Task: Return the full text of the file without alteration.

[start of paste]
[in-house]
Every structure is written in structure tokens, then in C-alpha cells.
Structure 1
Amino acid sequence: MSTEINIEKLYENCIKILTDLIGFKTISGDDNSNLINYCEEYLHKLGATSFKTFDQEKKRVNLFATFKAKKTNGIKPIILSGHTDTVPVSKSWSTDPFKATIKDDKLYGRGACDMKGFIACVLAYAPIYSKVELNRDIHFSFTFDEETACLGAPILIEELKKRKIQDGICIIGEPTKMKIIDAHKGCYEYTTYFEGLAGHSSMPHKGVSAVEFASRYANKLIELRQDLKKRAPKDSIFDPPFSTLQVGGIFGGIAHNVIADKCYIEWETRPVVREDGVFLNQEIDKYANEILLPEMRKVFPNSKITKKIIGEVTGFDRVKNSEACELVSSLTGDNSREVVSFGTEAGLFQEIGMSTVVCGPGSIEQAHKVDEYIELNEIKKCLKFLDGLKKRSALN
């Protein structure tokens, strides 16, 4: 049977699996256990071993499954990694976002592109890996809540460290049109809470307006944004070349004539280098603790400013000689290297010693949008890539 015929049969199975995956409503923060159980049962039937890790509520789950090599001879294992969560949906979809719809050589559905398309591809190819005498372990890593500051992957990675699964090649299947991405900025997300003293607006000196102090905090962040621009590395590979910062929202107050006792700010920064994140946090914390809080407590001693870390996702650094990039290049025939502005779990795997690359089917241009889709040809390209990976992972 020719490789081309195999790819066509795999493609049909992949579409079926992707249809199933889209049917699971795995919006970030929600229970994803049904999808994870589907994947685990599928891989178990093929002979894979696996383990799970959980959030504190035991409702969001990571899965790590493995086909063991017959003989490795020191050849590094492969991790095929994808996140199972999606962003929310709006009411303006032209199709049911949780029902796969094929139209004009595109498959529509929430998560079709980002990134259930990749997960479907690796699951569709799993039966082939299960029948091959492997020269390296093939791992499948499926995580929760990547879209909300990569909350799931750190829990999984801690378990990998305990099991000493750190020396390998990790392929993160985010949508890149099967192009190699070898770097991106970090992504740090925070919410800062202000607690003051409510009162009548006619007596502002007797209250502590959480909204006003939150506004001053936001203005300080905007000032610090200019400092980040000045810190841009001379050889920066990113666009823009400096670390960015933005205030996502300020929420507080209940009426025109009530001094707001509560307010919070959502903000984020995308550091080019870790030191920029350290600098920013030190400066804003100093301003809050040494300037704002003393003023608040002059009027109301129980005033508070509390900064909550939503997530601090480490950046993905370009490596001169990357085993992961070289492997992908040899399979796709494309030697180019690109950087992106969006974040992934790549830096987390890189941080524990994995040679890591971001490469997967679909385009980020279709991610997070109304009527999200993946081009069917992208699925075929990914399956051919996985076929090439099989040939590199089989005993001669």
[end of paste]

[in-house]
Every structure is written in structure tokens, then in C-alpha cells.
Structure 1
Amino acid sequence: MSTEINIEKLYENCIKILTDLIGFKTISGDDNSNLINYCEEYLHKLGATSFKTFDQEKKRVNLFATFKAKKTNGIKPIILSGHTDTVPVSKSWSTDPFKATIKDDKLYGRGACDMKGFIACVLAYAPIYSKVELNRDIHFSFTFDEETACLGAPILIEELKKRKIQDGICIIGEPTKMKIIDAHKGCYEYTTYFEGLAGHSSMPHKGVSAVEFASRYANKLIELRQDLKKRAPKDSIFDPPFSTLQVGGIFGGIAHNVIADKCYIEWETRPVVREDGVFLNQEIDKYANEILLPEMRKVFPNSKITKKIIGEVTGFDRVKNSEACELVSSLTGDNSREVVSFGTEAGLFQEIGMSTVVCGPGSIEQAHKVDEYIELNEIKKCLKFLDGLKKRSALN
């Protein structure tokens, strides 16, 4: 049977699996256990071993499954990694976002592109890996809540460290049109809470307006944004070349004539280098603790400013000689290297010693949008890539 015929049969199975995956409503923060159980049962039937890790509520789950090599001879294992969560949906979809719809050589559905398309591809190819005498372990890593500051992957990675699964090649299947991405900025997300003293607006000196102090905090962040621009590395590979910062929202107050006792700010920064994140946090914390809080407590001693870390996702650094990039290049025939502005779990795997690359089917241009889709040809390209990976992972 020719490789081309195999790819066509795999493609049909992949579409079926992707249809199933889209049917699971795995919006970030929600229970994803049904999808994870589907994947685990599928891989178990093929002979894979696996383990799970959980959030504190035991409702969001990571899965790590493995086909063991017959003989490795020191050849590094492969991790095929994808996140199972999606962003929310709006009411303006032209199709049911949780029902796969094929139209004009595109498959529509929430998560079709980002990134259930990749997960479907690796699951569709799993039966082939299960029948091959492997020269390296093939791992499948499926995580929760990547879209909300990569909350799931750190829990999984801690378990990998305990099991000493750190020396390998990790392929993160985010949508890149099967192009190699070898770097991106970090992504740090925070919410800062202000607690003051409510009162009548006619007596502002007797209250502590959480909204006003939150506004001053936001203005300080905007000032610090200019400092980040000045810190841009001379050889920066990113666009823009400096670390960015933005205030996502300020929420507080209940009426025109009530001094707001509560307010919070959502903000984020995308550091080019870790030191920029350290600098920013030190400066804003100093301003809050040494300037704002003393003023608040002059009027109301129980005033508070509390900064909550939503997530601090480490950046993905370009490596001169990357085993992961070289492997992908040899399979796709494309030697180019690109950087992106969006974040992934790549830096987390890189941080524990994995040679890591971001490469997967679909385009980020279709991610997070109304009527999200993946081009069917992208699925075929990914399956051919996985076929090439099989040939590199089989005993001669």